Ensure Your MSP Business Avoids Common vCIO Mistakes

MSP businessProviding vCIO Services

When your MSP business employs a virtual Chief Information Officer, it can often provide clients with the same kind of services a physical CIO can, but at a reduced expense. Even when the vCIO can’t provide the same kind of service provision, it still saves clients money, so the gap is filled and even overcompensated. Increased resources lead to more efficient operations.

However, there are a number of common mistakes MSPs tend to make when they implement vCIO solutions. These include:

  • Failing to utilize consultative sales
  • Missing opportunities to sell products with stories
  • Refraining from using the numbers
  • Failing to employ automation and collaboration in vCIO provision
  • Providing service that’s more concerned with IT rather than business

Consultative Sales

Your MSP business is acting as a consultant while simultaneously selling vCIO with this approach. You’re asking questions. Your goal isn’t to sell specific services with this approach. Instead, you want to show clients where they’ve missed opportunities. Services of the vCIO variety aren’t static. They’re flexible and conform to particular clients. Additionally, vCIO solutions rely on an MSP, rather than an individual, meaning that they have the potential to be more comprehensive and optimal, depending on client needs. You’ll want to point this out and help clients see how such a solution could ultimately serve them better.


You want to sell with two kinds of stories. The first kind involves potential. You want to show how a vCIO could cumulatively and positively expand the effectiveness of client operations. The second kind involves successful cases of vCIO implementation. You want to show the advantages existing clients have experienced through your vCIO provision.


Show the data. A CIO will cost about $180,000 annually for a business with around 200 people–at least in the metropolitan area of Washington DC. You can’t just divide that down based on employees, though. Do you think it’s feasible for a CIO to be paid $18k a year just because the company he or she works for only has 20 employees? They’re probably still going to draw at least $30k to $50k a year or more. Services of the vCIO variety are just going to be more cost-effective.

Give clients numbers that demonstrate this. Show your costs as opposed to those of a physical CIO, and let clients draw conclusions. For example, if you’re selling to a 200-person company and your services only cost $50k a year for such a client, then they could save $130k annually. Keep in mind that most vCIO services are geared toward less extensive organizations. However, sometimes a hybrid option allows the vCIO to cover routine maintenance tasks while the CIO concentrates on optimizing core operations, which additionally produce savings. There are a lot of ways to spin this, but give your clients the numbers to understand.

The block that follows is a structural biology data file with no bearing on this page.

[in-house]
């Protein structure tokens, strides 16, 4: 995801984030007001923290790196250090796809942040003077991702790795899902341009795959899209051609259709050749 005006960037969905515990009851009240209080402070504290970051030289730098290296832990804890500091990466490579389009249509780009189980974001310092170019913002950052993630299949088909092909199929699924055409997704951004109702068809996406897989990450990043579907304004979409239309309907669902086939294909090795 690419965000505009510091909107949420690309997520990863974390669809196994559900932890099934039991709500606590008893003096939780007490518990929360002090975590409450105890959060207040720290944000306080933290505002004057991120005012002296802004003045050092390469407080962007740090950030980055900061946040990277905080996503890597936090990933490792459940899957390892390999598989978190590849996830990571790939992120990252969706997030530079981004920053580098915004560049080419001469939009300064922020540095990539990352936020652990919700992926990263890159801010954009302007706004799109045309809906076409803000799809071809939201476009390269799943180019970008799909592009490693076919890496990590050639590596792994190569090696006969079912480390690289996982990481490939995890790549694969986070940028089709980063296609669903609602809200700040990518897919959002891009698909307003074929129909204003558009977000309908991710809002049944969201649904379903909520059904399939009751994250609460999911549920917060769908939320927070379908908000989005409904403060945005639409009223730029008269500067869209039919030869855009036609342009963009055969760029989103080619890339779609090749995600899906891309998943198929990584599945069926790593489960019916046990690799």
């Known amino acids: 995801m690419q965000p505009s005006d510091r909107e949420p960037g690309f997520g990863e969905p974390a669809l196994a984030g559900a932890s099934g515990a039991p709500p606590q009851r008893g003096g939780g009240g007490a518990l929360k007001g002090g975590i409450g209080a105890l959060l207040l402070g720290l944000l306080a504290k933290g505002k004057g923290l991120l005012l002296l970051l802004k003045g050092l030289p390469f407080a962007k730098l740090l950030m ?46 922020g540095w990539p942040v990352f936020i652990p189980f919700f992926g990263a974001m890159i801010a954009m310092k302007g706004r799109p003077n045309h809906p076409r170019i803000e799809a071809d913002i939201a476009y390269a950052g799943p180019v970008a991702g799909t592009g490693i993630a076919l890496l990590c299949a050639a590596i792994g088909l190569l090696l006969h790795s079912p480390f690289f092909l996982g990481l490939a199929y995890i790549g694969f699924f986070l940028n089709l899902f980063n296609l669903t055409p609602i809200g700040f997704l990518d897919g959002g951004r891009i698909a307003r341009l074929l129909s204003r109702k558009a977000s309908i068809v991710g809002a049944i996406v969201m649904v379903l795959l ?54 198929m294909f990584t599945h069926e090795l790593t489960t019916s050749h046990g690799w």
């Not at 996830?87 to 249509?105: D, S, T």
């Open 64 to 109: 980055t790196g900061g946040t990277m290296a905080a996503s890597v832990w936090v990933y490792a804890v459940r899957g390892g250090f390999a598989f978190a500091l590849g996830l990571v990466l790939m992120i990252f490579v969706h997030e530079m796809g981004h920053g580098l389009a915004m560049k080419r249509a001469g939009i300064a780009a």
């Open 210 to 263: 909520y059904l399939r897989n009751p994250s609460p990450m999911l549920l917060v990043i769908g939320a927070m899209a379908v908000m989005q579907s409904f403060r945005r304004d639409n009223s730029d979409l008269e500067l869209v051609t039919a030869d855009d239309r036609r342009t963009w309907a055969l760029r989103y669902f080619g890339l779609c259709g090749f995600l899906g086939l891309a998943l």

Automation and Collaboration

VCIO services often provide automated services to clients–these services are often “routine.” Collaboration is also an important aspect of operations. You want to design an approach that’s integrated into your vCIO provision. An integrated platform saves vCIO time, providing more efficient services for clients.

IT and Business

Ask questions about your clients’ cash flow. You’ll want to know their marketing plans and how their sales are performing. Use this information to determine the design of your vCIO services. The word to take away here is prioritization. You need to find where your clients’ priorities are and help them meet those priorities directly.

Once you’ve taken care of priorities, it’s time to look into IT applications. You have the opportunity to propose many interesting, effective IT projects to clients. If you do this ahead of prioritizing their operational needs in a business sense, though, your vCIO will appear to underperform, even if it does a great job finishing those projects. Look at it this way: eat your business vegetables, then you get the dessert of cool projects.

Effective vCIO Provision

Provided your MSP business prioritizes, uses automation and collaboration techniques, provides consultative sales, tells engaging stories and uses numbers to advise clients, you’ll likely see an increase in sales for your vCIO services.

Mike Pearlstein

Mike Pearlstein is the founder, President, and Chief Technology Officer of this solid and growing managed IT Services firm located in downtown Toronto. He received his Masters in Computer Science and Undergraduate degree from the University of Guelph in Ontario and is also a CCNA (Cisco Certified Network Associate), a MCITP (MS Certified IT Professional) Mike founded Fusion Computing Limited in 2008 an IT support firm located in Toronto. He and his IT services team in Toronto specialize in getting it right the first time for every single client. He is constantly striving to make Fusion Computing the best Managed IT Services firm in Toronto and is never satisfied with the status quo.